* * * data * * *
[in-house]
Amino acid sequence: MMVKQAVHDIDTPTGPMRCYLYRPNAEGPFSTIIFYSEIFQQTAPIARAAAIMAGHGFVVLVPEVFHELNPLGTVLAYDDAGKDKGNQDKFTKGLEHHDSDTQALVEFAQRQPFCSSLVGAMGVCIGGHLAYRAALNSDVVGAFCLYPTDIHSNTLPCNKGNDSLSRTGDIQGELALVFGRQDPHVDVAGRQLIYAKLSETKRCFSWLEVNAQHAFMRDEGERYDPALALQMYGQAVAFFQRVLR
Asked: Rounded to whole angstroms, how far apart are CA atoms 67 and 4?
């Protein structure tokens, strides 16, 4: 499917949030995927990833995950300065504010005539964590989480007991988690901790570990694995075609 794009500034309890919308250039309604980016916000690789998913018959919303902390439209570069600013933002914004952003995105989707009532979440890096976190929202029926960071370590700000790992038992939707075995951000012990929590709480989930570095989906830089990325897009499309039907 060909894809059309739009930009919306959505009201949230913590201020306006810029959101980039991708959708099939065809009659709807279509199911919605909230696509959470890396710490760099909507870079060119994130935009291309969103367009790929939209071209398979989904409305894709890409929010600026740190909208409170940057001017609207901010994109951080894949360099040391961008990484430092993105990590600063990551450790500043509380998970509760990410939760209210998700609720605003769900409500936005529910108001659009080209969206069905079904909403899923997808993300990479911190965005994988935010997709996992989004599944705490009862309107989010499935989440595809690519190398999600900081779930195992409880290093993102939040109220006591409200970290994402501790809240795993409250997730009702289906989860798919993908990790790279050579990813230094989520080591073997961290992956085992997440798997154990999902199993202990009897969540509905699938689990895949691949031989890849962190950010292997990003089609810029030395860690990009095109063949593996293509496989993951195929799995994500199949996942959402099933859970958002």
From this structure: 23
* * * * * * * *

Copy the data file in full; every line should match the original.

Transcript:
[in-house]
Amino acid sequence: MMVKQAVHDIDTPTGPMRCYLYRPNAEGPFSTIIFYSEIFQQTAPIARAAAIMAGHGFVVLVPEVFHELNPLGTVLAYDDAGKDKGNQDKFTKGLEHHDSDTQALVEFAQRQPFCSSLVGAMGVCIGGHLAYRAALNSDVVGAFCLYPTDIHSNTLPCNKGNDSLSRTGDIQGELALVFGRQDPHVDVAGRQLIYAKLSETKRCFSWLEVNAQHAFMRDEGERYDPALALQMYGQAVAFFQRVLR
Asked: Rounded to whole angstroms, how far apart are CA atoms 67 and 4?
């Protein structure tokens, strides 16, 4: 499917949030995927990833995950300065504010005539964590989480007991988690901790570990694995075609 794009500034309890919308250039309604980016916000690789998913018959919303902390439209570069600013933002914004952003995105989707009532979440890096976190929202029926960071370590700000790992038992939707075995951000012990929590709480989930570095989906830089990325897009499309039907 060909894809059309739009930009919306959505009201949230913590201020306006810029959101980039991708959708099939065809009659709807279509199911919605909230696509959470890396710490760099909507870079060119994130935009291309969103367009790929939209071209398979989904409305894709890409929010600026740190909208409170940057001017609207901010994109951080894949360099040391961008990484430092993105990590600063990551450790500043509380998970509760990410939760209210998700609720605003769900409500936005529910108001659009080209969206069905079904909403899923997808993300990479911190965005994988935010997709996992989004599944705490009862309107989010499935989440595809690519190398999600900081779930195992409880290093993102939040109220006591409200970290994402501790809240795993409250997730009702289906989860798919993908990790790279050579990813230094989520080591073997961290992956085992997440798997154990999902199993202990009897969540509905699938689990895949691949031989890849962190950010292997990003089609810029030395860690990009095109063949593996293509496989993951195929799995994500199949996942959402099933859970958002």
From this structure: 23